Bush gave Saddam a kicking, but left Iran to rule over a region infested with terrorists.
They liked to call themselves “the Vulcans” in honour of the Roman god of fire and patron of blacksmiths. Because that was their objective: to forge (with fire and flesh) an American 21st century. They concluded that the United States had ended the 20th century as the world’s sole, uncontested superpower only thanks to the combination of moral clarity and military power with which Ronald Reagan had defeated the Soviet Union, and with it a greater evil: communism. It’s not that they were great admirers of Reagan, a mere actor who played out his part in the mid-20th-century rise of America, but rather they were Reagan: almost all of them had worked in the lower ranks of his administration, and in the early 200s they were in the front rank of Bush Jr’s team. We are talking about Dick Cheney, who was vice president, and Donald Rumsfeld, Paul Wolfowitz, and Richard Perle (dubbed the “The Prince of Darkness” by one biographer) in the Pentagon, and John Bolton at the United Nations. There were also many others, grouped around the powerful think-tank the “Project for the New American Century”.
The smiths had their hammer in the US Army, the most powerful, technologically sophisticated, and well-funded military machine in history, which accounted for 50 percent of global military spending. They lacked two things: a worthy enemy, who would embody absolute evil, and a forge in which to shape history. The first was provided by Bin Laden, whose defiance was rapidly elevated to the status of Islamo-Fascism in order to facilitate the existence of a moral certitude equivalent to that previously held in the face of communism. The second came in the form of Iraq. Despite the fact that the FBI repeatedly certified that there were no al-Qaeda terrorists there, Iraq was the perfect forge for these iron workers. Compared to Afghanistan, a smaller, strategically insignificant country, Iraq and its immense oil reserves offered a unique geopolitical platform from which to control the entire Middle East, including Iran. Many of these neocons criticized the far more pragmatic Bush Sr. for not having “finished the job” in the first Gulf War (1990-91), allowing Saddam to remain in power. Now was the moment.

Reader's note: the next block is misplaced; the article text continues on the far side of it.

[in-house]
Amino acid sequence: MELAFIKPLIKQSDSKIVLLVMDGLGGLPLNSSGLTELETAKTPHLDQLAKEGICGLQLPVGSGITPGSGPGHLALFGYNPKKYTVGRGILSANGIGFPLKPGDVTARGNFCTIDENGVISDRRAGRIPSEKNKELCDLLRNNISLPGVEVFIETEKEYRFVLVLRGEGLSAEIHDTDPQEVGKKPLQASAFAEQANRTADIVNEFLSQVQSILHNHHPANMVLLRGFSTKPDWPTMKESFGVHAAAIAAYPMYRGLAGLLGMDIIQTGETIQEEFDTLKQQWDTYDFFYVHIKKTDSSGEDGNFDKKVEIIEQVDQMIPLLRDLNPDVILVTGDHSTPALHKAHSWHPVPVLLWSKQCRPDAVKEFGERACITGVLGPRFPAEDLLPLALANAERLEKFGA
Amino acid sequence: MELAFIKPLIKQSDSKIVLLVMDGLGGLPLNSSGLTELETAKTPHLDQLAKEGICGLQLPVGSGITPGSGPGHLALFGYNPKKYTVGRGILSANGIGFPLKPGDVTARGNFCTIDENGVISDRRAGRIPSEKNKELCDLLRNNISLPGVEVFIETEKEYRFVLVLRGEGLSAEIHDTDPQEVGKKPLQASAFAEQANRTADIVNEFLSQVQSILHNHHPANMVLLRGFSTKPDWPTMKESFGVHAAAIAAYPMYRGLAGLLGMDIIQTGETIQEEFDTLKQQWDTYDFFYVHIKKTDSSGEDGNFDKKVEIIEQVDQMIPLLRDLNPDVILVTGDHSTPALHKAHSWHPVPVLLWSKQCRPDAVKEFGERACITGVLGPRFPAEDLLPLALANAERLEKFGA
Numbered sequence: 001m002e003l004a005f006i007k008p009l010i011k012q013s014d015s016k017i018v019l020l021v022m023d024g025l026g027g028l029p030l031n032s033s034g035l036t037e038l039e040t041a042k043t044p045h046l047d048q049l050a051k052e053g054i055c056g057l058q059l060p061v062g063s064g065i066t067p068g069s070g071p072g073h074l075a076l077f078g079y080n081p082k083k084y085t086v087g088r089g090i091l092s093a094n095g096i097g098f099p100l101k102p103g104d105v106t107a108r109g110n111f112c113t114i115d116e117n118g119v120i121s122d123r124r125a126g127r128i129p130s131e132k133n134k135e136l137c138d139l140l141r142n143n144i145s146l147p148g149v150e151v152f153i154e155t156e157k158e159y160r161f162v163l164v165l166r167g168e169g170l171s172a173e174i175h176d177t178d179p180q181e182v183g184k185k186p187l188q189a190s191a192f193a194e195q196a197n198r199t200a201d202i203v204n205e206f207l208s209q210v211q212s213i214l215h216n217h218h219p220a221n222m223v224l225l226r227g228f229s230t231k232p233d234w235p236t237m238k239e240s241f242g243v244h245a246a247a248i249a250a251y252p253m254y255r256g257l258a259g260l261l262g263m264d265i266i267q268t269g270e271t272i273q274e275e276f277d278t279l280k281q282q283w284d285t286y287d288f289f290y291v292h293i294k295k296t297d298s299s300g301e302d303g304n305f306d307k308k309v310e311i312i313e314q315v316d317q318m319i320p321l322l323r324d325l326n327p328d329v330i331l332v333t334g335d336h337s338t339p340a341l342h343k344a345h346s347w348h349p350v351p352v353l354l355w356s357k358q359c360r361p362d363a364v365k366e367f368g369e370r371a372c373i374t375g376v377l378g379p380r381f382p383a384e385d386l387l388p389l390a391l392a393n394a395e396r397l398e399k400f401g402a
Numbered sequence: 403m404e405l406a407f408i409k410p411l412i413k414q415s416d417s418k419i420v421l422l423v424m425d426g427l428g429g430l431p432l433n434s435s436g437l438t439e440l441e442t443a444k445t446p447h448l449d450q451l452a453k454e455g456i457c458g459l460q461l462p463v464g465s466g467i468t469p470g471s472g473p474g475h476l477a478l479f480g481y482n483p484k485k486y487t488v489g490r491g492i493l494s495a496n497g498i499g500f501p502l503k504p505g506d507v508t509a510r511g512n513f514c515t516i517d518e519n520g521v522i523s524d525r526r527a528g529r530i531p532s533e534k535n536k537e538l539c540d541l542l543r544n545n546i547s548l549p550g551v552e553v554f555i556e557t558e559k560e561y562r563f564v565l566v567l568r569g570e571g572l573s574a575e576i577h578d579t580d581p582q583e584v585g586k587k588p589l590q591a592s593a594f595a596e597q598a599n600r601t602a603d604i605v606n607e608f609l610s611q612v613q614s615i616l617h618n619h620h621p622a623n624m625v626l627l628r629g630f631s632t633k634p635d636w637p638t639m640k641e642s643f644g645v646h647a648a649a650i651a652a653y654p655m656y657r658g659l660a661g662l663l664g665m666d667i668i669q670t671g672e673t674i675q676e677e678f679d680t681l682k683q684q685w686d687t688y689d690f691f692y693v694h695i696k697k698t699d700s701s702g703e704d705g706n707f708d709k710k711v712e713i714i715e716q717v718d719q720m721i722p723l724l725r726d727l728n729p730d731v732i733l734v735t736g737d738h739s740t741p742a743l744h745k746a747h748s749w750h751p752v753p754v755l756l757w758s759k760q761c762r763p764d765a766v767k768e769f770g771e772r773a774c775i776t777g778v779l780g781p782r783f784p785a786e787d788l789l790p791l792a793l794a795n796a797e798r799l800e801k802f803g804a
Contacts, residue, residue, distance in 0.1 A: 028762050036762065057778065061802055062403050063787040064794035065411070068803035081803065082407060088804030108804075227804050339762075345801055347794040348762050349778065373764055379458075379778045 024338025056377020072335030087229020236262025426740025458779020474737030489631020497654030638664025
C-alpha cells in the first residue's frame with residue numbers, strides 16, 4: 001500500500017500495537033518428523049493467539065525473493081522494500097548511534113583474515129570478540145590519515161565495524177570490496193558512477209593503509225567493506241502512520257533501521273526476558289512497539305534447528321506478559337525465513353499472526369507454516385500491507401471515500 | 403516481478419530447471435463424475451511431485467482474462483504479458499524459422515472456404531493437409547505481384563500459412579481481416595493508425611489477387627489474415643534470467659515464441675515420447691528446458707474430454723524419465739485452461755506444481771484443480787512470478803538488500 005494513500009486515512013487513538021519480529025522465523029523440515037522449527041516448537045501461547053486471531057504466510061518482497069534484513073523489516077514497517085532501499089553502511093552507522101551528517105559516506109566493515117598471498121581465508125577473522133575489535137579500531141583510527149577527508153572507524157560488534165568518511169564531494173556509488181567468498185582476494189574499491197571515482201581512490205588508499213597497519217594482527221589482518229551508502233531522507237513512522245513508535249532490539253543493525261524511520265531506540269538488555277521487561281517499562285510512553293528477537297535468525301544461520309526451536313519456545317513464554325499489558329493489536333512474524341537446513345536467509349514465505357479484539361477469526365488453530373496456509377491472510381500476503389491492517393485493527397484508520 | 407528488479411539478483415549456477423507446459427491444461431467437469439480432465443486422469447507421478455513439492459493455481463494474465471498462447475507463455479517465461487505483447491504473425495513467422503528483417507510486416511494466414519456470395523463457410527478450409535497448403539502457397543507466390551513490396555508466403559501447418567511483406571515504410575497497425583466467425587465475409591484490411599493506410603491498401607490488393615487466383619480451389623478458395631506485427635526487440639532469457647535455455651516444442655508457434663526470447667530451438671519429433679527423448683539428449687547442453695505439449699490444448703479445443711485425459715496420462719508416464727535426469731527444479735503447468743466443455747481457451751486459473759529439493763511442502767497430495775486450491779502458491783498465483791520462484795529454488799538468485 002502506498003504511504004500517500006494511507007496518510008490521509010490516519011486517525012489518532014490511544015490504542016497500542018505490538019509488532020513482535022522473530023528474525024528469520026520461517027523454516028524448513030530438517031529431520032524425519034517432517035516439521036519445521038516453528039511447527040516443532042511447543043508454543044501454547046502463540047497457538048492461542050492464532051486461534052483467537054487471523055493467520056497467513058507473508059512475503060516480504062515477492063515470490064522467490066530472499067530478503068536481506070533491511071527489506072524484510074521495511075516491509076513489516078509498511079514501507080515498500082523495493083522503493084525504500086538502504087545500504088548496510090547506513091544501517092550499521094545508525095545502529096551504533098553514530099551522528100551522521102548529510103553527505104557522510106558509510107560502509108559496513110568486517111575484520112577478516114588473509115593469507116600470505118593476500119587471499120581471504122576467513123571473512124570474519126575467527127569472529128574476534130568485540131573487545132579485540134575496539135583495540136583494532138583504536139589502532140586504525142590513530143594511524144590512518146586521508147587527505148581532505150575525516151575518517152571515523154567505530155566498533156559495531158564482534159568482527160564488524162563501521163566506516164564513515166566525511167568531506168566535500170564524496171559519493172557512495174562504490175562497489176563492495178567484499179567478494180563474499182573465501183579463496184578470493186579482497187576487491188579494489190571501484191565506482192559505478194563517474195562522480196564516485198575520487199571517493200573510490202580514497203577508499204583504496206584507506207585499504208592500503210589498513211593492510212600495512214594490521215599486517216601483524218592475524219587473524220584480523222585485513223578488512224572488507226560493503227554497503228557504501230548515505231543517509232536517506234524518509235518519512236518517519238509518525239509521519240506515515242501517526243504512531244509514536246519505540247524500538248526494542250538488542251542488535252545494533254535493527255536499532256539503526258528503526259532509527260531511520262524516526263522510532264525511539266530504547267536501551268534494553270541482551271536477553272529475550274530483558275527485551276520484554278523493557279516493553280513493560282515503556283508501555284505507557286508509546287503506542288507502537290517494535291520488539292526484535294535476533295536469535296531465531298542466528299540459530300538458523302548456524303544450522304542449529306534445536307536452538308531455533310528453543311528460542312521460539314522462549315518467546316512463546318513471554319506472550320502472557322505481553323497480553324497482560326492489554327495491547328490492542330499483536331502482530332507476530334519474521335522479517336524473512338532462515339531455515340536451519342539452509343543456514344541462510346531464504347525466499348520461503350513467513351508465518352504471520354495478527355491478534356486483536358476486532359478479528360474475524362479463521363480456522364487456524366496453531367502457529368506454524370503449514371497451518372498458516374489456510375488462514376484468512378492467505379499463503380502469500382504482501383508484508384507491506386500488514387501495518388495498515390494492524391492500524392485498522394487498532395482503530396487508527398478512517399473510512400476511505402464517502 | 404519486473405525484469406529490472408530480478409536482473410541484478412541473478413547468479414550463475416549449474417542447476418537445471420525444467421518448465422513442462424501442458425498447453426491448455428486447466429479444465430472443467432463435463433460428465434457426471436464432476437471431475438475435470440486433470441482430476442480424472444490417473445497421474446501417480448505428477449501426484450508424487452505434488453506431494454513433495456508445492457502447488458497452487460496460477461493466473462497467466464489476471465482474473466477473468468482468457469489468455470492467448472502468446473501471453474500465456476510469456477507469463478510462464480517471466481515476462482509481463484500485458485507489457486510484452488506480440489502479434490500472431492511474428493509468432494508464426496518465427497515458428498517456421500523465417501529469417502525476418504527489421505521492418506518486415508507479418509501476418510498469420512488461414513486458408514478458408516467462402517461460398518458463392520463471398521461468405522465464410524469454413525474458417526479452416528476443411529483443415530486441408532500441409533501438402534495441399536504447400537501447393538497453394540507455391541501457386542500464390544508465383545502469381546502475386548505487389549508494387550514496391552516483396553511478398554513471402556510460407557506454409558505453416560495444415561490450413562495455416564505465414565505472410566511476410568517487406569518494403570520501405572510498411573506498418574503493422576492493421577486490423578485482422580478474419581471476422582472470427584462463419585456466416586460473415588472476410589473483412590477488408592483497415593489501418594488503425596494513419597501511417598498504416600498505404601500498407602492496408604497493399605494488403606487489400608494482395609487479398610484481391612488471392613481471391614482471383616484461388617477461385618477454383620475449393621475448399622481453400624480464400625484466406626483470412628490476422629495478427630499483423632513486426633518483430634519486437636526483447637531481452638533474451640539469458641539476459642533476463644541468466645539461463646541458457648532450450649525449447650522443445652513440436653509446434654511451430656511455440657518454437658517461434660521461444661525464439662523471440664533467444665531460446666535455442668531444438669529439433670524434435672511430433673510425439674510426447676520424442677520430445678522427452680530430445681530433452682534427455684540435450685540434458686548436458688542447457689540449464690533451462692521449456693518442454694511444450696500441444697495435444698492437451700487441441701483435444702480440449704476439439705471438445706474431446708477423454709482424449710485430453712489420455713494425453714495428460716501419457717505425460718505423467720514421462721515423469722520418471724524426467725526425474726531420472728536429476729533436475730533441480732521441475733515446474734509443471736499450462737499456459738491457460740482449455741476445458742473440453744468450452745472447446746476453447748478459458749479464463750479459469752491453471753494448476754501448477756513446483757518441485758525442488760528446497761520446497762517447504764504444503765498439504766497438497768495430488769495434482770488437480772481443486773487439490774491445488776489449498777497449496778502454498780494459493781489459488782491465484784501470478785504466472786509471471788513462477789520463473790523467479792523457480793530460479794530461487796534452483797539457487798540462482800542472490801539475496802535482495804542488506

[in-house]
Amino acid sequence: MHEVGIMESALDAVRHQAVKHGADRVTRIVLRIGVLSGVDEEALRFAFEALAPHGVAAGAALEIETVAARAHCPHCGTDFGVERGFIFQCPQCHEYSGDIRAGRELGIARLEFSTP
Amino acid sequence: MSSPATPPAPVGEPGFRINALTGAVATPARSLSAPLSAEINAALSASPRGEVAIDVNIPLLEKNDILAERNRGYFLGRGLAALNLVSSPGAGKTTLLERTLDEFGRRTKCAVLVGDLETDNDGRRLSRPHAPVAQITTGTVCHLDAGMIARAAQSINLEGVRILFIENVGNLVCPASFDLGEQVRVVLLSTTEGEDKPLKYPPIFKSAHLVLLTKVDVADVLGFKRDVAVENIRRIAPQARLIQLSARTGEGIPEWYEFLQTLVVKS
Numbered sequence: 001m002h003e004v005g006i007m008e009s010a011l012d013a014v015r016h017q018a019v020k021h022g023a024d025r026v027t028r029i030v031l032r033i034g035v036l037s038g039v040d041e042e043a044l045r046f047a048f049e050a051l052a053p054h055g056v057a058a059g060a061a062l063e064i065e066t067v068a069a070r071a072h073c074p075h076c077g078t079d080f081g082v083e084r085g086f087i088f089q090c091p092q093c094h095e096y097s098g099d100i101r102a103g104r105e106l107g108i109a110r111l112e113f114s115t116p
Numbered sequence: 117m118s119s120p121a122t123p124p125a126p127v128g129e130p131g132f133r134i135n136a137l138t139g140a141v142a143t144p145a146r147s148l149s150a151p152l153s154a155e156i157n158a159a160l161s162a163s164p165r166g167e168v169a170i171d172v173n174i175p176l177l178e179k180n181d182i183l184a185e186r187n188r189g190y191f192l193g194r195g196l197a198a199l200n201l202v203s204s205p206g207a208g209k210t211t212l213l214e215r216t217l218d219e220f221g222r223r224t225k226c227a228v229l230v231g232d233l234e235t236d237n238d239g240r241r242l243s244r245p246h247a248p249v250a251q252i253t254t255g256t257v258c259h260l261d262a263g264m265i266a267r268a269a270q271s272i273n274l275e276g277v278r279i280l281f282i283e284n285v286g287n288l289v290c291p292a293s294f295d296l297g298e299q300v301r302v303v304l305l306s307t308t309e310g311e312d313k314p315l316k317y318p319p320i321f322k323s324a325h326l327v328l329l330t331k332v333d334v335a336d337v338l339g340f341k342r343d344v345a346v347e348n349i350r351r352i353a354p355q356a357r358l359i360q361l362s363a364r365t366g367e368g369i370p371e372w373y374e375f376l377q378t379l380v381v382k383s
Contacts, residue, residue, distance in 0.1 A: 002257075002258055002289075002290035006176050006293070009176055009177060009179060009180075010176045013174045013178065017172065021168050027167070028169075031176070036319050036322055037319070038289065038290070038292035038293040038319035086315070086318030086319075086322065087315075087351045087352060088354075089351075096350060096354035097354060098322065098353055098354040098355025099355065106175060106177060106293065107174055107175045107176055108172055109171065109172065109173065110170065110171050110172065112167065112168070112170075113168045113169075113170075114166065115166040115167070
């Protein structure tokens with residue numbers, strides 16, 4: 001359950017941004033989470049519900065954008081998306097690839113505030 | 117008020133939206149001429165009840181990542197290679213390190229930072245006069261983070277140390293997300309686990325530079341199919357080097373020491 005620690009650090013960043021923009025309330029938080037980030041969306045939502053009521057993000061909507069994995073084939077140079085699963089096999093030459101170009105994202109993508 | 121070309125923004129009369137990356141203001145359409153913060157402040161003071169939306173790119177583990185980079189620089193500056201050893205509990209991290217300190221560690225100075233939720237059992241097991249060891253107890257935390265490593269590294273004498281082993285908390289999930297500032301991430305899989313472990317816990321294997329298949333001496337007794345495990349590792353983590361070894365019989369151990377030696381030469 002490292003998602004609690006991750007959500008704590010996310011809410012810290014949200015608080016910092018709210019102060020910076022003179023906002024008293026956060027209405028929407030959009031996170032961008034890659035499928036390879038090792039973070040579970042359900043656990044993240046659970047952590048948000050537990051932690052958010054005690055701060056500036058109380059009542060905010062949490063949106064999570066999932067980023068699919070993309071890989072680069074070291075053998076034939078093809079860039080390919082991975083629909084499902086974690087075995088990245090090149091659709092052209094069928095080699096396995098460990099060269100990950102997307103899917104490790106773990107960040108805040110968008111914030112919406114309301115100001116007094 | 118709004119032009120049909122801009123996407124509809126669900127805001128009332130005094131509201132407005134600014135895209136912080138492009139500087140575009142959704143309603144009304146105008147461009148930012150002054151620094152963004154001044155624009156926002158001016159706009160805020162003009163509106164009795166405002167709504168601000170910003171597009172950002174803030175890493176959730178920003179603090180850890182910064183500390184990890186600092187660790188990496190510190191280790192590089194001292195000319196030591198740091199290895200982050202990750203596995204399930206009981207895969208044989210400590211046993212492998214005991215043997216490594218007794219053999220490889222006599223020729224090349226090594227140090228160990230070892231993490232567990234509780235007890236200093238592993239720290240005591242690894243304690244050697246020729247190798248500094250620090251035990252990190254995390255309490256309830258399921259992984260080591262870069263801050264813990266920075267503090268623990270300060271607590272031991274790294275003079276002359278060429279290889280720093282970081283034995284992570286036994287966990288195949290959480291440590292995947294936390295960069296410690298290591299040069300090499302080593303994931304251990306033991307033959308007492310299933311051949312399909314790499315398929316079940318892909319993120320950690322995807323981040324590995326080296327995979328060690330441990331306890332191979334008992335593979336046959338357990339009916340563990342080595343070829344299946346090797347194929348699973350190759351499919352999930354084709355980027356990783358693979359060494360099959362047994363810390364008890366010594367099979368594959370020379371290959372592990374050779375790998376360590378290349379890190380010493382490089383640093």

According to those present on 1 May 2002, angered by reticence in the press to back the enthusiastic campaign against Saddam, Bush Jr. told his press chief Fleischer: “I’m going to kick his sorry motherfucking ass all over the Middle East.” Bush kept his promise. But along with Saddam’s backside, he kicked the Ba’ath Party, the administration, and Iraq’s armed forces, whose historical role had been to contain tensions between Kurds, Shiites, and Sunnis. The region was left littered with terrorists with Iran on high as the leading regional power. We are now picking up the pieces of a century which began with Bush Jr.’s very eloquent statement.
The European Council on Foreign Relations does not take collective positions. This commentary, like all publications of the European Council on Foreign Relations, represents only the views of its authors.